This came up in conversation at work earlier today- a user has connected to their own mailbox and those of other staff. They now have a whopping 35GB of Outlook files on their workstation. They are having performance issues. Here’s a 30-second highlight of the solution.
Solution: Turn off Cached Exchange Mode in Outlook, reduce the timespan mail is retained locally, or choose not to cache the shared mailboxes.
What is Cached Exchange Mode?
Cached Exchange Mode is used in Outlook to download a local copy of a mailbox on the workstation to allow for offline use. This is the default behaviour when connecting to Exchange and is great for most users, and in particular if you have a poor or intermittent network connection. However when used by people using massive mailboxes it can take up a lot of local hard drive space- you’ll spot some large “.OST” files in the users profile- and Microsoft advise that performance can become an issue on large (>25GB) mailboxes.
My (default) settings on a workstation look like the screenshot below- Cached Exchange Mode is turned on and set to download the last 12 months of data from all mailboxes I connect to with that account and also the GAL. If I look in C:\Users\username\AppData\Local\Microsoft\Outlook I see that I have an OST file weighing in just under 1.5GB however my mailbox on the Exchange Server (Office365) is 10GB in size. With these settings I can access all the mail I need to, and if I need to look up anything earlier it goes off to the server to retrieve it- this process is barely noticable if I’m connected to the internet.
If I need to reclaim some local disk space, or hit performance issues, I can reduce this local retention time or disable Cached Exchange Mode altogether.
Our corporate email recently upgraded to Office365 and one of the many benefits which has come with this is the ability to preview an Out of Office message from a colleague before sending them a mail from Outlook. I think this is great.
Now I can tell the recipient is on holiday before hitting send.
Whilst the feature has been available since Exchange Server 2010, it’s only recently come into play in my environment.
Only today I was talking to a colleague who was complaining that when they went on holiday they’d receive lots of messages from colleagues asking for information or requesting work to be done and on their return from leave they didn’t know what had been dealt with.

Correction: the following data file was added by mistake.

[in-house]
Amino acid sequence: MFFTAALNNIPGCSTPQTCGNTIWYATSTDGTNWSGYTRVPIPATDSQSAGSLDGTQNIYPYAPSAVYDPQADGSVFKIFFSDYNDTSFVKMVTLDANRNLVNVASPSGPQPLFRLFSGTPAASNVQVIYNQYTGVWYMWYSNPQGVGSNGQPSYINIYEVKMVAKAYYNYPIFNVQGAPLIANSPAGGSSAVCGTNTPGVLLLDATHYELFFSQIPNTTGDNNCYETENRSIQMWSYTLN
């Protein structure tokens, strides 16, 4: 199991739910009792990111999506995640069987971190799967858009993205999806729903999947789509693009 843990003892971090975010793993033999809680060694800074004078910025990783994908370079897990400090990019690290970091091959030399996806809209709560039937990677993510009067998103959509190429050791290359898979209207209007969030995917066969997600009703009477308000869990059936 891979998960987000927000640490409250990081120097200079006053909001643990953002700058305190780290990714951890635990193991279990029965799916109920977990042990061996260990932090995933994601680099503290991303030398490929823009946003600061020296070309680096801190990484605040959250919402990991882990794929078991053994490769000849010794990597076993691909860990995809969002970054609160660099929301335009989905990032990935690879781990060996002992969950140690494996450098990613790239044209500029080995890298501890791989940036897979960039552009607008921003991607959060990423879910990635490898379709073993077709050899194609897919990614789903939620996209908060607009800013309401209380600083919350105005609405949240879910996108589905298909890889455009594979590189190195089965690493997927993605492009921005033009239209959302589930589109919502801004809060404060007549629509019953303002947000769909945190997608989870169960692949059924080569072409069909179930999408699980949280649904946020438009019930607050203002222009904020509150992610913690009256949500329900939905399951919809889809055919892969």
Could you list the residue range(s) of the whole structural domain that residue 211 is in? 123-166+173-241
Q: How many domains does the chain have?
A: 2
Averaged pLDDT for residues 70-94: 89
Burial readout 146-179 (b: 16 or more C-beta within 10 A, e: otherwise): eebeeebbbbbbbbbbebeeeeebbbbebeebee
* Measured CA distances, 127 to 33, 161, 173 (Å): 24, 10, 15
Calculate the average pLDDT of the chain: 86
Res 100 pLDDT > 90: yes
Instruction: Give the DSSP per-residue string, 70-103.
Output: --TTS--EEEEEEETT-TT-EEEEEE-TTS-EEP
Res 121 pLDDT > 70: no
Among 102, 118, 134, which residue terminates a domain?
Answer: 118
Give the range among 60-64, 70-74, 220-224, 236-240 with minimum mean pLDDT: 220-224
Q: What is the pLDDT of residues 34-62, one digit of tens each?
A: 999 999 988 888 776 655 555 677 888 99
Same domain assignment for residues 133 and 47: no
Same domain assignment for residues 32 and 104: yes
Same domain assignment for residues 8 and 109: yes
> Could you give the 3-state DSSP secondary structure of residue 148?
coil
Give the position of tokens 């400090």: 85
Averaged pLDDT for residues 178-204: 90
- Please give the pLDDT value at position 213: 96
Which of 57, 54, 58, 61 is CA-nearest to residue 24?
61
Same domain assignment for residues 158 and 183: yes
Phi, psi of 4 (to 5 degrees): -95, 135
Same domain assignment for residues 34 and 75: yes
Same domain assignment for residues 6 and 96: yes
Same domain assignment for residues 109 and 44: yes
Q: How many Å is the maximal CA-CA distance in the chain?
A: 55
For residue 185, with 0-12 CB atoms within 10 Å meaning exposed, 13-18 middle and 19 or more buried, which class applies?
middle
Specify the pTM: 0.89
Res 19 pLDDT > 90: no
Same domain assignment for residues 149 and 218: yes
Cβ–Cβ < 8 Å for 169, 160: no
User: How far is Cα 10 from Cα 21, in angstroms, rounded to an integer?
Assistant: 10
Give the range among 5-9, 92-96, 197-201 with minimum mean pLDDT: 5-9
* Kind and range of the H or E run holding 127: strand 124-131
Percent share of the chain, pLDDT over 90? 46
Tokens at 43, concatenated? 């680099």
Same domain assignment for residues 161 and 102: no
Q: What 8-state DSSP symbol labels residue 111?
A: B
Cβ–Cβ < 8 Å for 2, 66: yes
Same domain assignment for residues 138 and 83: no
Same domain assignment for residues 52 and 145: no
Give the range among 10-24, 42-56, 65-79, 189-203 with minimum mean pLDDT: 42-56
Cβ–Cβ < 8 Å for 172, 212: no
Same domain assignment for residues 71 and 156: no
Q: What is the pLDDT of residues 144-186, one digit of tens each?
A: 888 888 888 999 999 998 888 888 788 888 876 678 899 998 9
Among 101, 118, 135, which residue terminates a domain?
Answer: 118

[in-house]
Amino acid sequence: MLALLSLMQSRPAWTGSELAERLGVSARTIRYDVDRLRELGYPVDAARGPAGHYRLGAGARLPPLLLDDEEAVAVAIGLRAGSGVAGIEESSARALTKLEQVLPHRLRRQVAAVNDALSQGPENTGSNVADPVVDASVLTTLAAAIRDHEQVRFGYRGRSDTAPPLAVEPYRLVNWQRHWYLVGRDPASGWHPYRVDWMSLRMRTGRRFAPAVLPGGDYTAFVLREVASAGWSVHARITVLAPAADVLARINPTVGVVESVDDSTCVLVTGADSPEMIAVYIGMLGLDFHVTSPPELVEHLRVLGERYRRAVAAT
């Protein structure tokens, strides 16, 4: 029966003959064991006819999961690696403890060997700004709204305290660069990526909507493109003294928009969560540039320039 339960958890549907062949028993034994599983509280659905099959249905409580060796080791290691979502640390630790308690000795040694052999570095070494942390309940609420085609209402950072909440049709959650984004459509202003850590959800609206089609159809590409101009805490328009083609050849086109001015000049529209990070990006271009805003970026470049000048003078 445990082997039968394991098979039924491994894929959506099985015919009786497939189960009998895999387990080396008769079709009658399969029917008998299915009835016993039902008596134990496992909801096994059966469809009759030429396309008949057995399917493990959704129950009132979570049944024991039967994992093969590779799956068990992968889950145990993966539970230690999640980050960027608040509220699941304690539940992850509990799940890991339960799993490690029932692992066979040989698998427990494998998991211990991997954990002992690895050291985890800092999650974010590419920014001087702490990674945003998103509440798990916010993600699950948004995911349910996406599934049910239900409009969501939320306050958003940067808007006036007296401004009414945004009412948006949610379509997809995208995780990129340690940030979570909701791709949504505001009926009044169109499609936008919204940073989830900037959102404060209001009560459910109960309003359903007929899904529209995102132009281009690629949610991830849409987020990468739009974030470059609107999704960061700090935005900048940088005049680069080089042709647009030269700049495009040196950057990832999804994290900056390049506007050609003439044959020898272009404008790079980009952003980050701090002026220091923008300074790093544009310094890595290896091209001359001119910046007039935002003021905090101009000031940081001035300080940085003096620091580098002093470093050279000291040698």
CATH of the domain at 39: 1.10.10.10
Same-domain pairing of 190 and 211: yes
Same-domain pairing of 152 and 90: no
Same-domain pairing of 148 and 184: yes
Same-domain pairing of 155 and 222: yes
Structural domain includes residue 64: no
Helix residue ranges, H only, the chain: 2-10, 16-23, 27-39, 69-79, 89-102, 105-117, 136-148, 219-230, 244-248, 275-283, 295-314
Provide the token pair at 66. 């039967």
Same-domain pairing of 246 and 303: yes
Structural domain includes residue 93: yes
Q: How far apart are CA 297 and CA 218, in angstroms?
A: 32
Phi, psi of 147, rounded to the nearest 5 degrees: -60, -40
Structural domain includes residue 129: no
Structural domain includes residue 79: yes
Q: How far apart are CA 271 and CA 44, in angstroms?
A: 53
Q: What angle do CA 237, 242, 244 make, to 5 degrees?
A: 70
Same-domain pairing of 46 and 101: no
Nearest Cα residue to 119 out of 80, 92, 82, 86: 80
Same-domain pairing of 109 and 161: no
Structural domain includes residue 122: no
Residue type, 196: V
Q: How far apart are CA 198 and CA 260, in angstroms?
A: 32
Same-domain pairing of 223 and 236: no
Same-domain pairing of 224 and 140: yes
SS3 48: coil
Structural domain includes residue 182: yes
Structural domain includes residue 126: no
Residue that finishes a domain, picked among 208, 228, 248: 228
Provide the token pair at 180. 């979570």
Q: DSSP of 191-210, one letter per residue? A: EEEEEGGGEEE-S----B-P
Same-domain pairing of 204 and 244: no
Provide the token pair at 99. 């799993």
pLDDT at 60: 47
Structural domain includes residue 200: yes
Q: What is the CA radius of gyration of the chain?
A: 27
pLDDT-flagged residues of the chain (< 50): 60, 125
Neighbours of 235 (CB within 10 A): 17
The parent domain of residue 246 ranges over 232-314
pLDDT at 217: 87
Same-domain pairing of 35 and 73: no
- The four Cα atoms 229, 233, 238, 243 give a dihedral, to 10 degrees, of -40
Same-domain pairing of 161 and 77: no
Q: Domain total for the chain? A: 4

Traditionally you may only find out a colleague is away after the email has been sent and the Out-of-Office has bounced back. Now it’s possible to find out before hitting send and (if appropriate) send the email to someone else instead. Not only does the request stand more chance of being dealt with promptly but also the person on leave comes back to a shorter inbox.
If, like me, you use your email archive as a record of what’s happened and if, like mine, this means your email box is approaching capacity, here’s a trick that might free up some space.
In Microsoft Outlook (with an Exchange/ Office365 back end) the attachments are stored in your mailbox. Quite often I find I want to keep the content of the mail for posterity, but I don’t need the attachment- for example when I email a document to someone and have the original stored safely elsewhere.
In Outlook 2013 it’s possible to remove just the attachment, leaving the mailbox intact. To do this, locate the email in your mailbox, right-click on the attachment and choose “Remove Attachment” from the context menu.
You will be prompted to confirm this, and doing so will remove the attachment but keep the message.
When using Outlook 2013, the Calendar conveniently displays the current weather and temperature at the top of the pane. The location can be switched using the drop down on the weather itself (for some reason my English-UK Office setup decided that I was most likely a New Yorker following installation) but changing from Fahrenheit to Celsius is not as obvious.
If you’re writing functional dependencies in a Microsoft Word 2010 document and want to insert the “Long Rightwards Arrow From Bar” symbol you should select “Symbol” from the Insert Ribbon (in Word 2010), and then on the Symbol dialog window select the “Segoe UI Symbol” font and you will find the symbol in the “Supplemental Arrows-A” subset. Then just click the “Insert” button.